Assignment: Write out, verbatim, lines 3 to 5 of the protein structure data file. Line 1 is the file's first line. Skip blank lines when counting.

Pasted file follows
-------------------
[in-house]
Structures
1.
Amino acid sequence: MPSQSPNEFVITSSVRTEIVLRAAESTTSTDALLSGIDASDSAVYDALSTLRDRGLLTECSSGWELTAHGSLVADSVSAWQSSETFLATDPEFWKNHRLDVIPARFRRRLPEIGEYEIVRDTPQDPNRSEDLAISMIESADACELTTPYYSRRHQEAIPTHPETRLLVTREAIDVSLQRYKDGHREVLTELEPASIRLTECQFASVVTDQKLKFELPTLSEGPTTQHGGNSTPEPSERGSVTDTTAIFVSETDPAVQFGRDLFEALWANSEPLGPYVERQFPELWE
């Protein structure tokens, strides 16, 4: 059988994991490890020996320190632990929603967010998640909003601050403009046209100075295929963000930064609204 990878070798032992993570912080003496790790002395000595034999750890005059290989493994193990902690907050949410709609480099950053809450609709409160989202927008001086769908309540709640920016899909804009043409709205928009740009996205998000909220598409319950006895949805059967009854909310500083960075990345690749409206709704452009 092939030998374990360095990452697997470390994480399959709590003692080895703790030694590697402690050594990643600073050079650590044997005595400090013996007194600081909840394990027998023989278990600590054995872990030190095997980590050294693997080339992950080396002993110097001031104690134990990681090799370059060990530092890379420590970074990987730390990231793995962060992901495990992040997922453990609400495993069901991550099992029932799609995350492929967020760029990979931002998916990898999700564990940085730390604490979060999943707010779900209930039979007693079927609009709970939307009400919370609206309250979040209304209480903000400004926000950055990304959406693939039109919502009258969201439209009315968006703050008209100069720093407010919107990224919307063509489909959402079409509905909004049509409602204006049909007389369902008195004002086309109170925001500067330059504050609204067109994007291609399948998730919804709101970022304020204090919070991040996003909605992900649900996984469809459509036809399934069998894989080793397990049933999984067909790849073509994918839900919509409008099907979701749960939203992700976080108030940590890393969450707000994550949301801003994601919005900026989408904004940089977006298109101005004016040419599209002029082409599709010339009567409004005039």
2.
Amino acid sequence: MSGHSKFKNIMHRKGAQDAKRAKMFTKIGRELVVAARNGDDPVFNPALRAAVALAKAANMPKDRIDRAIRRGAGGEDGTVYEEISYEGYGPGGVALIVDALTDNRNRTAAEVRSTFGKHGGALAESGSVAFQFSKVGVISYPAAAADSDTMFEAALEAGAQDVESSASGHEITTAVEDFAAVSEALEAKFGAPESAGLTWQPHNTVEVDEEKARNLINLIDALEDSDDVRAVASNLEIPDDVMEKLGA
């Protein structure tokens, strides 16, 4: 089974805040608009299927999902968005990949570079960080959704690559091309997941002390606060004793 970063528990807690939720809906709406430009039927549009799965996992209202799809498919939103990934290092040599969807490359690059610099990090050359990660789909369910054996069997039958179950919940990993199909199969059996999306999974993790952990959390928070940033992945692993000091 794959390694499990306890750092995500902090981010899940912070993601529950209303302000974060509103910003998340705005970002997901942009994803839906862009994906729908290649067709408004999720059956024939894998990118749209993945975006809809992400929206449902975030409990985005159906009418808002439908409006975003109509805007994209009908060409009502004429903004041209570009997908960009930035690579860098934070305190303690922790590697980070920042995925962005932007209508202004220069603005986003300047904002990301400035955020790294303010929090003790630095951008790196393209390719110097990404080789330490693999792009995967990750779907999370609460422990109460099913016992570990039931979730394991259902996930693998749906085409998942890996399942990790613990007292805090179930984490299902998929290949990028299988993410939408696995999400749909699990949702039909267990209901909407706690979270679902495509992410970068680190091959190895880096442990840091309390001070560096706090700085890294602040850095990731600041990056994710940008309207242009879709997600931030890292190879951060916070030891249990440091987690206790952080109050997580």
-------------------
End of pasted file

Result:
1.
Amino acid sequence: MPSQSPNEFVITSSVRTEIVLRAAESTTSTDALLSGIDASDSAVYDALSTLRDRGLLTECSSGWELTAHGSLVADSVSAWQSSETFLATDPEFWKNHRLDVIPARFRRRLPEIGEYEIVRDTPQDPNRSEDLAISMIESADACELTTPYYSRRHQEAIPTHPETRLLVTREAIDVSLQRYKDGHREVLTELEPASIRLTECQFASVVTDQKLKFELPTLSEGPTTQHGGNSTPEPSERGSVTDTTAIFVSETDPAVQFGRDLFEALWANSEPLGPYVERQFPELWE
């Protein structure tokens, strides 16, 4: 059988994991490890020996320190632990929603967010998640909003601050403009046209100075295929963000930064609204 990878070798032992993570912080003496790790002395000595034999750890005059290989493994193990902690907050949410709609480099950053809450609709409160989202927008001086769908309540709640920016899909804009043409709205928009740009996205998000909220598409319950006895949805059967009854909310500083960075990345690749409206709704452009 092939030998374990360095990452697997470390994480399959709590003692080895703790030694590697402690050594990643600073050079650590044997005595400090013996007194600081909840394990027998023989278990600590054995872990030190095997980590050294693997080339992950080396002993110097001031104690134990990681090799370059060990530092890379420590970074990987730390990231793995962060992901495990992040997922453990609400495993069901991550099992029932799609995350492929967020760029990979931002998916990898999700564990940085730390604490979060999943707010779900209930039979007693079927609009709970939307009400919370609206309250979040209304209480903000400004926000950055990304959406693939039109919502009258969201439209009315968006703050008209100069720093407010919107990224919307063509489909959402079409509905909004049509409602204006049909007389369902008195004002086309109170925001500067330059504050609204067109994007291609399948998730919804709101970022304020204090919070991040996003909605992900649900996984469809459509036809399934069998894989080793397990049933999984067909790849073509994918839900919509409008099907979701749960939203992700976080108030940590890393969450707000994550949301801003994601919005900026989408904004940089977006298109101005004016040419599209002029082409599709010339009567409004005039």